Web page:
Some hunters might ask, “Yeah, so what else is new?” Well, buck pole boasting isn’t necessarily a universal trait, even though it’s commonly American. After joining a “team” to hunt moose in Sweden in 1999, Heberlein wrote a research paper comparing those experiences with Wisconsin customs instilled at his family’s North Woods deer shack.
Heberlein’s paper, “The Gun, the Dog and the Thermos: Culture and Hunting in Sweden and the United States,” noted that his Swedish friends find it inappropriate to show personal pride in a big moose. Heberlein also noticed he was the only one photographing the hunts, even after one member bagged a trophy moose.
The Swedes took pride in well-placed shots and questioned the purpose of each follow-up shot, but successful hunters didn’t pose with their moose or ask friends to take pictures for “the wife and kids.” Such omissions stood out to Heberlein, who grew up thinking it was routine, even expected, to photograph each other with “their buck,” either kneeling behind it on the ground or standing alongside it beneath the buck pole.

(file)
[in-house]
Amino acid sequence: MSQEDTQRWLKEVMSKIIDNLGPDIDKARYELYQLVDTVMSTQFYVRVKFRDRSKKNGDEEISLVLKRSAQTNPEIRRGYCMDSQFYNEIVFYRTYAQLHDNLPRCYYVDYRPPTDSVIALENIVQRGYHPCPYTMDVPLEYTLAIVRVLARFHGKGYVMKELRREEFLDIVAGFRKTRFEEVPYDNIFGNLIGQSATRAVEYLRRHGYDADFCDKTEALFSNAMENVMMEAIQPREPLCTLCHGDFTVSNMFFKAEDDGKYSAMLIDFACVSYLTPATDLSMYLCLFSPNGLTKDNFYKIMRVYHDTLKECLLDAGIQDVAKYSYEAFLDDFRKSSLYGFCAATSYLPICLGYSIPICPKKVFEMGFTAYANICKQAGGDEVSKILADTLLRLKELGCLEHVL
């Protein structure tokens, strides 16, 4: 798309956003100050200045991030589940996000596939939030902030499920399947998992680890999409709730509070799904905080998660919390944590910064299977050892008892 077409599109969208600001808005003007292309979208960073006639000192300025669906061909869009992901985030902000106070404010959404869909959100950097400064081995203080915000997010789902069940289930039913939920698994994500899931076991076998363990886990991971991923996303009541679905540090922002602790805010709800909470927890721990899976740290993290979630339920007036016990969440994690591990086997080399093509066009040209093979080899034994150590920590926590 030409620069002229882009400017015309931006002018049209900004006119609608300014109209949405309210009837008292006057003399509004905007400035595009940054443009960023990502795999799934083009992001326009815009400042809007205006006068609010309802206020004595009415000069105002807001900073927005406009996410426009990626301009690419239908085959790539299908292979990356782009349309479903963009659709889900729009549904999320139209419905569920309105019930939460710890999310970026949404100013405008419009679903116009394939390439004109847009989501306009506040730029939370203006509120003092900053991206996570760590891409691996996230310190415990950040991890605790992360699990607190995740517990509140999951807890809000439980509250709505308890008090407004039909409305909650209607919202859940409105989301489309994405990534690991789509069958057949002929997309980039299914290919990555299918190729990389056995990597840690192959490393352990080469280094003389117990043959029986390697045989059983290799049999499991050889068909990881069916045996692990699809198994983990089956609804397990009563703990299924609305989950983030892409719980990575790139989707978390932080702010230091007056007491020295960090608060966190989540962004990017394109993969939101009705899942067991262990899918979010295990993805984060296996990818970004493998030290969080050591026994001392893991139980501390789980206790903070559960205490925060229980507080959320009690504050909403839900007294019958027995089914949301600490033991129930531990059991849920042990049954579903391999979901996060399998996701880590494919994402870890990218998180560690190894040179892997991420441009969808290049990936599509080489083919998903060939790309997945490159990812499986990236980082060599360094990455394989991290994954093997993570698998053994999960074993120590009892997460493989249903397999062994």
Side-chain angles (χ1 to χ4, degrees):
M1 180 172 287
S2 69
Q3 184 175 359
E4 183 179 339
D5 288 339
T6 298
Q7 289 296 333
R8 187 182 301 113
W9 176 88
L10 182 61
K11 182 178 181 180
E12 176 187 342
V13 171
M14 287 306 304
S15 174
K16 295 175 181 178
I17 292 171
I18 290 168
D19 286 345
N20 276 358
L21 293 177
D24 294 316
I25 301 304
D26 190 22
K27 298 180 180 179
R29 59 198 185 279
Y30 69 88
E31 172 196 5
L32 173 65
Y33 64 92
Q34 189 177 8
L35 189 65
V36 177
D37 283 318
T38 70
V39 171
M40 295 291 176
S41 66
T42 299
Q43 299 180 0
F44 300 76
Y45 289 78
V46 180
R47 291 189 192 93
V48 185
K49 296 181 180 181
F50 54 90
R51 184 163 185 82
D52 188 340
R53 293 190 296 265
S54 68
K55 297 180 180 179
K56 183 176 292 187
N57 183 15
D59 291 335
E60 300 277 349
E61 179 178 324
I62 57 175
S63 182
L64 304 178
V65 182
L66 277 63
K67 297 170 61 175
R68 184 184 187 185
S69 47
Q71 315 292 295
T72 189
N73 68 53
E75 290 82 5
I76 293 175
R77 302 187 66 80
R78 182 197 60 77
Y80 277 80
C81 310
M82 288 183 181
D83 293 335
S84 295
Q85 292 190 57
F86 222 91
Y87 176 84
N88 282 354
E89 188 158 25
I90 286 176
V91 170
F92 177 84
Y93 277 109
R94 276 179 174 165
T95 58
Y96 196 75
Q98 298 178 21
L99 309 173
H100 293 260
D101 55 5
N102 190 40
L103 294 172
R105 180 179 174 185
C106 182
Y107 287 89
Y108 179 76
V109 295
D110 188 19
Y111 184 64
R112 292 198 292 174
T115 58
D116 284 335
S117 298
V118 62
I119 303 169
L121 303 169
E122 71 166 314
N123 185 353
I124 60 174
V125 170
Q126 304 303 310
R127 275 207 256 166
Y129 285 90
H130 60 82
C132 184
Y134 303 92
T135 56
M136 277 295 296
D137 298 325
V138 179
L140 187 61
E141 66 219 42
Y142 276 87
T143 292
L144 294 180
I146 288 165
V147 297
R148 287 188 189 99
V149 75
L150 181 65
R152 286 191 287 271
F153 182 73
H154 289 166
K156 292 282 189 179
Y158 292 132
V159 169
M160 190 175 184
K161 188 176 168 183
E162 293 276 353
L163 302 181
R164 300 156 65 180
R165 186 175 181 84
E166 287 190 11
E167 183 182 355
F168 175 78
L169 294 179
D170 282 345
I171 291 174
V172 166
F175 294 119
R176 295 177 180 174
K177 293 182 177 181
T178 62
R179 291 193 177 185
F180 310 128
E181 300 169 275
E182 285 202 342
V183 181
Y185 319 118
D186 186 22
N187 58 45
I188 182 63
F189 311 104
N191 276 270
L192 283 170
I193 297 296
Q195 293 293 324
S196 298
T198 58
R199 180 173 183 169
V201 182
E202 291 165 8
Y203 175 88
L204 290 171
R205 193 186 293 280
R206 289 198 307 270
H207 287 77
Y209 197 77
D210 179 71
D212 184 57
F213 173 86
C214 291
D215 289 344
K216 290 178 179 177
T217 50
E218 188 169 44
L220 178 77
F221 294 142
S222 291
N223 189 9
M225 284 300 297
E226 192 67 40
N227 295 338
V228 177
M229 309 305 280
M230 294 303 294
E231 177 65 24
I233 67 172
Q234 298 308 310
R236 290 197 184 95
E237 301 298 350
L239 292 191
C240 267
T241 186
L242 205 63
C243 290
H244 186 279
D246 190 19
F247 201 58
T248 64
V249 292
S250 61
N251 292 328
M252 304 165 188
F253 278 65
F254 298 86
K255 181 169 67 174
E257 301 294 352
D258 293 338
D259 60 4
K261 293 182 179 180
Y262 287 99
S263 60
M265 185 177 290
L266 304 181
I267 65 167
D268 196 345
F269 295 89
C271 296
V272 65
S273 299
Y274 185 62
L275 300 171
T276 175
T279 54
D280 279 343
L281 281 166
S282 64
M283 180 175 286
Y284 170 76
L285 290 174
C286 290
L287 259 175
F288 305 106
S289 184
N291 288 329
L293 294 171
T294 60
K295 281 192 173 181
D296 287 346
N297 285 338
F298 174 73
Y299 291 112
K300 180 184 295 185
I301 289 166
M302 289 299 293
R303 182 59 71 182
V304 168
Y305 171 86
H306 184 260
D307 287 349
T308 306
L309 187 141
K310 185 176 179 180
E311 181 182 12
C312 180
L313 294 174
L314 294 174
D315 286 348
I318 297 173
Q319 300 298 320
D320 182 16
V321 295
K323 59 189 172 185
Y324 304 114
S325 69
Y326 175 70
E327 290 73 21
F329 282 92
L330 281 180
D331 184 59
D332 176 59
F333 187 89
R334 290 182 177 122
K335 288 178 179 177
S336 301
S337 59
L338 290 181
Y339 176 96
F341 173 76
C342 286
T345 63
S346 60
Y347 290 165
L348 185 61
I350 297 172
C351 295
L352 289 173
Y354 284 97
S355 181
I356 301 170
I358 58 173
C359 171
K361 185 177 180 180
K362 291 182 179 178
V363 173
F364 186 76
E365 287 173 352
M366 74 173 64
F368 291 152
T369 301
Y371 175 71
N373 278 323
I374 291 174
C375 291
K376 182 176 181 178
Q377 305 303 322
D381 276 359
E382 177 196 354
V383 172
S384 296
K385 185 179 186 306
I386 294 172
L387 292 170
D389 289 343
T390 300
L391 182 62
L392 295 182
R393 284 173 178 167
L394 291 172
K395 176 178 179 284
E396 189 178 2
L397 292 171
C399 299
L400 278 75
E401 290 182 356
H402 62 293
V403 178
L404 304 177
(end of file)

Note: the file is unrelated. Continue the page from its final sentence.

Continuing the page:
Heberlein’s new Swedish friends, however, quickly hung and butchered their moose. “Ownership of the animal and the ultimate success goes to the team,” Heberlein wrote. “The collective nature of the Swedish moose hunt focuses on the meat, not the trophy. After each hunt, dead moose were taken from the woods to a building with equipment to lift the animal, and the moose were quickly skinned, and the lower legs and head removed. Within two hours of falling, the moose was a hanging carcass.”
In contrast, the American buck pole prolongs the satisfaction of successful hunts. Some North Woods motels and lodges across the Great Lakes region maintain a buck pole near their parking lot, and encourage deer-hunting guests to use it. Likewise, once the snow and snowmobilers arrive, the same places invite guests to park their snowmachines there.